A surgical approach to obtain a specimen is indicated. However, because medical treatment usually yields a good outcome (6), extensive debridement should be avoided. Although some patients with lower extremity involvement initially limped, most were able to walk well later. Vertebral involvement is rare. Unlike previously reported cases (7,8), both patients reported here who had vertebral involvement had sequelae. For young children with suspected vertebral tuberculosis but no tuberculosis contact history, a biopsy specimen for BCG studies is preferable to spondylectomy. Although no definite immunologic deficit was found in these BCG osteomyelitis/osteitis patients, 2 other compensated infants with disseminated BCG during the same period in Taiwan had identified immunodeficiency (9). Studies are ongoing by the Taiwan Centers for Disease Control to evaluate medical treatment duration, long-term outcomes, and more detailed immune genetic tests.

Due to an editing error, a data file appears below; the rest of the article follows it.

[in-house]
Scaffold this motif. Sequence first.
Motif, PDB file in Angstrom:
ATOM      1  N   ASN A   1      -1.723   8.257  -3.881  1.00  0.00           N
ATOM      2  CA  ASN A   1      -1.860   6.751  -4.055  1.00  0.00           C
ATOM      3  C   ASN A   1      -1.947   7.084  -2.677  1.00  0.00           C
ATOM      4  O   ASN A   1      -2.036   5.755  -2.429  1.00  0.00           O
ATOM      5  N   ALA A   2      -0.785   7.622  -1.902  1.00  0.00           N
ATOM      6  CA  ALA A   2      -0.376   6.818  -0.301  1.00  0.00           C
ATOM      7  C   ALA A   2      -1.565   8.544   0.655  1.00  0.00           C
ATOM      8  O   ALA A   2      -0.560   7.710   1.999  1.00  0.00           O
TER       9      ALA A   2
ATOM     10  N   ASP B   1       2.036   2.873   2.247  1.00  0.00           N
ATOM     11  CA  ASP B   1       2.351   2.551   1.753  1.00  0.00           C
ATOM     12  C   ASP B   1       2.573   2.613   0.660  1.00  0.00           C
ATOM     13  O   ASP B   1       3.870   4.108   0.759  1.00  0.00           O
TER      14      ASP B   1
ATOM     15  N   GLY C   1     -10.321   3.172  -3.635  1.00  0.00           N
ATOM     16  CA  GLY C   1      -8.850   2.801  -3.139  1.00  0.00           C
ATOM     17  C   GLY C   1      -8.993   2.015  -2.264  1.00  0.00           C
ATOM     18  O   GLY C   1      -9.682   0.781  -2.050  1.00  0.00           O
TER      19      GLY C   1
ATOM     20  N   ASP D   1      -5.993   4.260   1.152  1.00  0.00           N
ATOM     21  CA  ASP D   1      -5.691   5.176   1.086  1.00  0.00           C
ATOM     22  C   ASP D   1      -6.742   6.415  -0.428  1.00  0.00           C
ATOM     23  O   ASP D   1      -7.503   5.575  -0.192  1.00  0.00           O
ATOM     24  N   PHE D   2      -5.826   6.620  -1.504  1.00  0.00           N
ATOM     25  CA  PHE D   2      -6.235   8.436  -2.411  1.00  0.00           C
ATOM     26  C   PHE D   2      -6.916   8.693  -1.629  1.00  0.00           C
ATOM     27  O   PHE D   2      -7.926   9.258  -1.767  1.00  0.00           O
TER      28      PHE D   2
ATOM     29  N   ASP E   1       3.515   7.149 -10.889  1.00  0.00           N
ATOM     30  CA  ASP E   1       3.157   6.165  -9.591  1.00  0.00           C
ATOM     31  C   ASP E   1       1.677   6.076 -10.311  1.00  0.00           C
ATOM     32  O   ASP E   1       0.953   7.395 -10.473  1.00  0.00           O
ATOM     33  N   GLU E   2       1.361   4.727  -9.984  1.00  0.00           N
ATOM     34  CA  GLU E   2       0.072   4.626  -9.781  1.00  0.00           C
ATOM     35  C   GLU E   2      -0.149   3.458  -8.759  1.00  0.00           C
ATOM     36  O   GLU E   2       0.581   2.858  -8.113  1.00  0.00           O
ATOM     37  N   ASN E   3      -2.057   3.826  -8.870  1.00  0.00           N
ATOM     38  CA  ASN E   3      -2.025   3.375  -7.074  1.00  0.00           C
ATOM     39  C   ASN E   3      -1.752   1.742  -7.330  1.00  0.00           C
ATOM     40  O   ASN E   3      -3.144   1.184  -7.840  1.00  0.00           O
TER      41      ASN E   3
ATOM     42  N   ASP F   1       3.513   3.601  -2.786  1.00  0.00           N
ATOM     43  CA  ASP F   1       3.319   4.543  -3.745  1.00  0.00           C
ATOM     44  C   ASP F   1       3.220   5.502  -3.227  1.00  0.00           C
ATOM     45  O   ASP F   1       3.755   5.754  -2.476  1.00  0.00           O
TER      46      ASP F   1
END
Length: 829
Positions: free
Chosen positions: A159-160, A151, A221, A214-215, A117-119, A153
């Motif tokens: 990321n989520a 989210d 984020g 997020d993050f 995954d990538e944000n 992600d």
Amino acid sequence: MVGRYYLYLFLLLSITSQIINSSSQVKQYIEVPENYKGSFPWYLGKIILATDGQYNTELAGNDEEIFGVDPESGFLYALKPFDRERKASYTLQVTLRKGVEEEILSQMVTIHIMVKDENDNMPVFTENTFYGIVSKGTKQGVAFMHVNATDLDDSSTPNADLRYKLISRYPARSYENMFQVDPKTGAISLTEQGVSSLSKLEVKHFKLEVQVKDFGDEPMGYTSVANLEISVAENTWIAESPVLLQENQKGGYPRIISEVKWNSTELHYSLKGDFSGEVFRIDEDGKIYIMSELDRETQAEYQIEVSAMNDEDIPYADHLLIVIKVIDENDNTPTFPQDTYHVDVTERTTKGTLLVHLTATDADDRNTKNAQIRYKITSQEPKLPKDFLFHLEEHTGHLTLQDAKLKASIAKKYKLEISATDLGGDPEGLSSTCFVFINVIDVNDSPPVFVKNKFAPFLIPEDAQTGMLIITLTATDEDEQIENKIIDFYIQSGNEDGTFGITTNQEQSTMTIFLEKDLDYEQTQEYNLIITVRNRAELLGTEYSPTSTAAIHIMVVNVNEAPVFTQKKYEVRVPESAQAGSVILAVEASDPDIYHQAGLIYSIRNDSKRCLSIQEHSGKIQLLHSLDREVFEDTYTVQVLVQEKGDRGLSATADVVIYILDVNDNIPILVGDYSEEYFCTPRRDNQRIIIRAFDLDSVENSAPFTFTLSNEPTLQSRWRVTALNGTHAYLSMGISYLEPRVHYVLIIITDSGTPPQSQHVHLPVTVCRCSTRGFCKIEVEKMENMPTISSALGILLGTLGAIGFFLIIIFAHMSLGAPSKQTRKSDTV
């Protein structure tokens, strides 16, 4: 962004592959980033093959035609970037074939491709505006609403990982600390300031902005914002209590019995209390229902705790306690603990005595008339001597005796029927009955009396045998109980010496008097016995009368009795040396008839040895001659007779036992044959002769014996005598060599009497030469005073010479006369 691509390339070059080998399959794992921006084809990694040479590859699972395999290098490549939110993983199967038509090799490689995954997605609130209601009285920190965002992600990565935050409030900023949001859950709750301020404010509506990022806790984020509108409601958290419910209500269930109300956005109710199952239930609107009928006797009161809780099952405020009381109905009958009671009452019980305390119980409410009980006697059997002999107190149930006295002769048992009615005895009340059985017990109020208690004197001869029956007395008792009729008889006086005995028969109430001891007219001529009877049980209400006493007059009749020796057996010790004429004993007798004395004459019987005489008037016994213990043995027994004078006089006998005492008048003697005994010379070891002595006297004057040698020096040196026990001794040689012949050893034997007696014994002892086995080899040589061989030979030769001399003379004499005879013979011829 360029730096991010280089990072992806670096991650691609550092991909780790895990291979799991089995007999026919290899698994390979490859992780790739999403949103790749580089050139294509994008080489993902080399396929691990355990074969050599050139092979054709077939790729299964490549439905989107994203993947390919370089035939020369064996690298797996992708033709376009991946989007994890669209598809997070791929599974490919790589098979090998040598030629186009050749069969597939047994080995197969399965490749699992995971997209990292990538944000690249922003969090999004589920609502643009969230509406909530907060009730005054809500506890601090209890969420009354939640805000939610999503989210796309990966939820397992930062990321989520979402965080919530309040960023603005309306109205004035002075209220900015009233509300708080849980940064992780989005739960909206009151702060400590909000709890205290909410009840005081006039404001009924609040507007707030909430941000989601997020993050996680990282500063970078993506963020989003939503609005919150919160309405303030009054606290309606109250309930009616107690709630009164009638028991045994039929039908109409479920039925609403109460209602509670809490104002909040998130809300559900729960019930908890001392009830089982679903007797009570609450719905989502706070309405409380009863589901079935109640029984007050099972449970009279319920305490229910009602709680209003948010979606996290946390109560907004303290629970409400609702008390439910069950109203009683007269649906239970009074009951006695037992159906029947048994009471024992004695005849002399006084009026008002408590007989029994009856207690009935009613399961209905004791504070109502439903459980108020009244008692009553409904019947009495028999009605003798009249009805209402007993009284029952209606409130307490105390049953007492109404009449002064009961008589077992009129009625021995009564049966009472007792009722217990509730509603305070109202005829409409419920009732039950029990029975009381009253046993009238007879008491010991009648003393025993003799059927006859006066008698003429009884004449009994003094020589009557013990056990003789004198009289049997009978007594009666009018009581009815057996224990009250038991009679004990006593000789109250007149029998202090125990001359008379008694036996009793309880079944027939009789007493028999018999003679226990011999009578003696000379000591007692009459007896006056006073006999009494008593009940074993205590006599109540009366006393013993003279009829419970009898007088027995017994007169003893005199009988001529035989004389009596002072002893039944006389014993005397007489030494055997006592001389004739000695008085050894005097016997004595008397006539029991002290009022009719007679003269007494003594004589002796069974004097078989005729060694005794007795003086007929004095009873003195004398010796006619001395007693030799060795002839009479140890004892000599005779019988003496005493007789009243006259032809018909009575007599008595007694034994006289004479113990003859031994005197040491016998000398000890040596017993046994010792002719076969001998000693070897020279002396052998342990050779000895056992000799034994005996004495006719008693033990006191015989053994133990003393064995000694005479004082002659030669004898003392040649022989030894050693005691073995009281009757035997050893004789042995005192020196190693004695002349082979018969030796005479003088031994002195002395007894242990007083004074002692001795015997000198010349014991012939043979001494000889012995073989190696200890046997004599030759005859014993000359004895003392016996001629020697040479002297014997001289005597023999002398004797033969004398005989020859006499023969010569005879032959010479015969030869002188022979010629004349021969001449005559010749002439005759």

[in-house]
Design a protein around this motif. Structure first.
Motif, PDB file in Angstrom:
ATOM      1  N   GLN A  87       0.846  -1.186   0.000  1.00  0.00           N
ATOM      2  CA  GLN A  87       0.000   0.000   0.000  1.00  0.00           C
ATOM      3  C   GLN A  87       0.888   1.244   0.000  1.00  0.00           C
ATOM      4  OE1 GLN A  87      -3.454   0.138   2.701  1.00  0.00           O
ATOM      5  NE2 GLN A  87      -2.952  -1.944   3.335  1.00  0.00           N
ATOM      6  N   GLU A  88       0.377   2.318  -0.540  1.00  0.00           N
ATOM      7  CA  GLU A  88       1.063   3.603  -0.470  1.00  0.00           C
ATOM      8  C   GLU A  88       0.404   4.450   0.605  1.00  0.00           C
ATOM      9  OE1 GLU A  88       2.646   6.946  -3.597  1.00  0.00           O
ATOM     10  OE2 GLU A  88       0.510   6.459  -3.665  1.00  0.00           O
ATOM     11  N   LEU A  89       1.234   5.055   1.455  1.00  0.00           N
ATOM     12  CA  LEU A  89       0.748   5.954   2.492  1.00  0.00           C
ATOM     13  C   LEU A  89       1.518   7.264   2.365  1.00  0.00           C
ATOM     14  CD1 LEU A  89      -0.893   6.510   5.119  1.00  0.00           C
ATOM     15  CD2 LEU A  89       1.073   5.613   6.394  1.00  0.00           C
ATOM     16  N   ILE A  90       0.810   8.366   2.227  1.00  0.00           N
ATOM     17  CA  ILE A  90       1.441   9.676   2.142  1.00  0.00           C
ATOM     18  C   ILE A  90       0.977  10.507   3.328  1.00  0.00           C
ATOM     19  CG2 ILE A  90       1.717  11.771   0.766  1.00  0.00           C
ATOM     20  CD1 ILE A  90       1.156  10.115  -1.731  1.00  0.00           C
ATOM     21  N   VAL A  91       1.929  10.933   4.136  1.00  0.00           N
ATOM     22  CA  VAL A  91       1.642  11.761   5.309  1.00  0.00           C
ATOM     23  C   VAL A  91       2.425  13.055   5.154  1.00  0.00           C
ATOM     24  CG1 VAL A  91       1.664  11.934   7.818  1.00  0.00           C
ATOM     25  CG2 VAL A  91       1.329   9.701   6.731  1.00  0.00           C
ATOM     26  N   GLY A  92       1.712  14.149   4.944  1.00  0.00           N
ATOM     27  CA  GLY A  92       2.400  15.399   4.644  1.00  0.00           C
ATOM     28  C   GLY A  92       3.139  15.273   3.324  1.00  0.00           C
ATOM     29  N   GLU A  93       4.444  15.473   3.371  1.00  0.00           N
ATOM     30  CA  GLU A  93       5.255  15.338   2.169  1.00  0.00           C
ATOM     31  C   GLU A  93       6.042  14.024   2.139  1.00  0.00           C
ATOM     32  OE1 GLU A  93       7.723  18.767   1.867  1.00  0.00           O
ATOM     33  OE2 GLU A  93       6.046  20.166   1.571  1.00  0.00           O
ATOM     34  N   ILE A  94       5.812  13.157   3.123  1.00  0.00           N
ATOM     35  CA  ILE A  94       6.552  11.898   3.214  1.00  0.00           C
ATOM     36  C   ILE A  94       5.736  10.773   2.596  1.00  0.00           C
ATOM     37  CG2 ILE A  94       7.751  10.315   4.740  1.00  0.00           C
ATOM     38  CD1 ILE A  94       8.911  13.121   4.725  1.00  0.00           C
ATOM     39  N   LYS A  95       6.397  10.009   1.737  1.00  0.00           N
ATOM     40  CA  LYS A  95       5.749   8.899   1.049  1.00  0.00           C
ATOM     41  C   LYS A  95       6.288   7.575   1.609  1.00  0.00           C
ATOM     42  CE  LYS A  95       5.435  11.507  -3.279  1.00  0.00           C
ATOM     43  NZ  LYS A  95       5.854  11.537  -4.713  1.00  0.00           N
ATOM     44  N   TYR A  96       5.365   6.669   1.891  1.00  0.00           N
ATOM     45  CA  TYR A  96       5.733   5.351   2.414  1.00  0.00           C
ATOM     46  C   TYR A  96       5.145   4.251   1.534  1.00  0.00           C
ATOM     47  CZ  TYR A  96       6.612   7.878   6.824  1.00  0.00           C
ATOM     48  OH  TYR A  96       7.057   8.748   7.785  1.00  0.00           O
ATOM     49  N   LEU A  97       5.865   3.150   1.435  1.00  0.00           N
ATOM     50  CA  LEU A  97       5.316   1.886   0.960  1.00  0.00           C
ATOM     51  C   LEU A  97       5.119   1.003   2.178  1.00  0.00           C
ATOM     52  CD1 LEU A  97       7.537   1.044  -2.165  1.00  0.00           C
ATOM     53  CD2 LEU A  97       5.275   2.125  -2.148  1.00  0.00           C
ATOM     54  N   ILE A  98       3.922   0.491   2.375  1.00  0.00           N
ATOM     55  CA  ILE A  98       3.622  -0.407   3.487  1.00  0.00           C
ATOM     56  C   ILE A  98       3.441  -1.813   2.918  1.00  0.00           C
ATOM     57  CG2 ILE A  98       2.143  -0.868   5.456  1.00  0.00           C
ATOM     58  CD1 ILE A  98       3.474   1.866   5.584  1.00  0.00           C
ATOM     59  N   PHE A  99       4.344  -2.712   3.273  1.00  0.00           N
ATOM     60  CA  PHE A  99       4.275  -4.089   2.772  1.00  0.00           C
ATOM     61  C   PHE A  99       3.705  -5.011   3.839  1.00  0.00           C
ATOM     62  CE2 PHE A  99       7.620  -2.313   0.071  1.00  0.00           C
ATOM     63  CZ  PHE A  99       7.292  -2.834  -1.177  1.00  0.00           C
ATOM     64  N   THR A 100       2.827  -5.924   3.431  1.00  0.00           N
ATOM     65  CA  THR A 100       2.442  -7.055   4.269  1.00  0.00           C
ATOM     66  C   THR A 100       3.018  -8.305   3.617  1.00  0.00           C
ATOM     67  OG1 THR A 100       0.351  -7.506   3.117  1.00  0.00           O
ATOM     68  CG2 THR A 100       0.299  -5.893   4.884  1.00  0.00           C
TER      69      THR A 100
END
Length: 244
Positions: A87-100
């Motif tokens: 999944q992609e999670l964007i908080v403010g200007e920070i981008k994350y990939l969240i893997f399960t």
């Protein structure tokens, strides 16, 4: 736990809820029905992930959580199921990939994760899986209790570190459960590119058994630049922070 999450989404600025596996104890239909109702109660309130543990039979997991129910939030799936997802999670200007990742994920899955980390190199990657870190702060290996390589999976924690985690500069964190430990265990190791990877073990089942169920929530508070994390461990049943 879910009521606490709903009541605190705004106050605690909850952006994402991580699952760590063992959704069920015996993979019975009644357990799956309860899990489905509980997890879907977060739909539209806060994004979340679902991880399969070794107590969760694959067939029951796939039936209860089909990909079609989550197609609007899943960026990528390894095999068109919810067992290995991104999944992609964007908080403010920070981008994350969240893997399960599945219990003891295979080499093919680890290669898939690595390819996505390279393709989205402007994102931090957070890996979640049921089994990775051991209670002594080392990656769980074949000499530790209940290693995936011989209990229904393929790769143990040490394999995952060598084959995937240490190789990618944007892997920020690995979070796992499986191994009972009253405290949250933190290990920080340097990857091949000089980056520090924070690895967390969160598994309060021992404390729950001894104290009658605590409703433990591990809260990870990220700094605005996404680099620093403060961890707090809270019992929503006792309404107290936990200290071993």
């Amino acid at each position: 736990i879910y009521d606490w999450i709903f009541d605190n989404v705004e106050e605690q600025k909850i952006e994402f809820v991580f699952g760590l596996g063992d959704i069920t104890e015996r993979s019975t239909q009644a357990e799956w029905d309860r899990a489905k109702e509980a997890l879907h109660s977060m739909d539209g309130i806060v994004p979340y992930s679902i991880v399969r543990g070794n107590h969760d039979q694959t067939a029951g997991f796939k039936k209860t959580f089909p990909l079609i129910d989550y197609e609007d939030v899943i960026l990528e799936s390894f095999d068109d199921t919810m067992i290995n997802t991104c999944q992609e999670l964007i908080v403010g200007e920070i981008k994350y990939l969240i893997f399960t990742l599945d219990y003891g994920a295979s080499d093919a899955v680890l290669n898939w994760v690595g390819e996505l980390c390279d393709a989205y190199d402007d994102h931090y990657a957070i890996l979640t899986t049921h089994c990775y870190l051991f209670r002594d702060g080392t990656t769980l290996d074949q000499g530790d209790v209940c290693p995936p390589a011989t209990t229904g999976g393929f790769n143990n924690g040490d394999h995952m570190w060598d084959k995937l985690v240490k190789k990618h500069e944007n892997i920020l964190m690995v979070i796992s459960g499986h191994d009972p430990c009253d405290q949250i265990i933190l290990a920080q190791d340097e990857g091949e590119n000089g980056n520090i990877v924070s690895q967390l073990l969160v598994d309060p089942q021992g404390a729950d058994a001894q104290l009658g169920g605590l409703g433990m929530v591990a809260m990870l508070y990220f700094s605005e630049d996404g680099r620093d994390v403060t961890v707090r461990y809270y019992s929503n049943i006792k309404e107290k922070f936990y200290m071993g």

DOI: http://dx.doi.org/10.3201/eid2103.140789

Acknowledgments

We thank the members of the Taiwan Vaccine Injury Compensation Program committee for their evaluation of the relation between BCG and possible adverse reactions in the patients of this study.

This research is approved and funded by Taiwan Centers for Disease Control, Ministry of Health and Welfare, Executive Yuan (project no. YY101015).

References

(1.) Jou R, Huang WL, Su WJ. Tokyo-172 BCG vaccination complications, Taiwan. Emerg Infect Dis. 2009; 15:1525-6. http://dx.doi.org/10.3201/eid1509.081336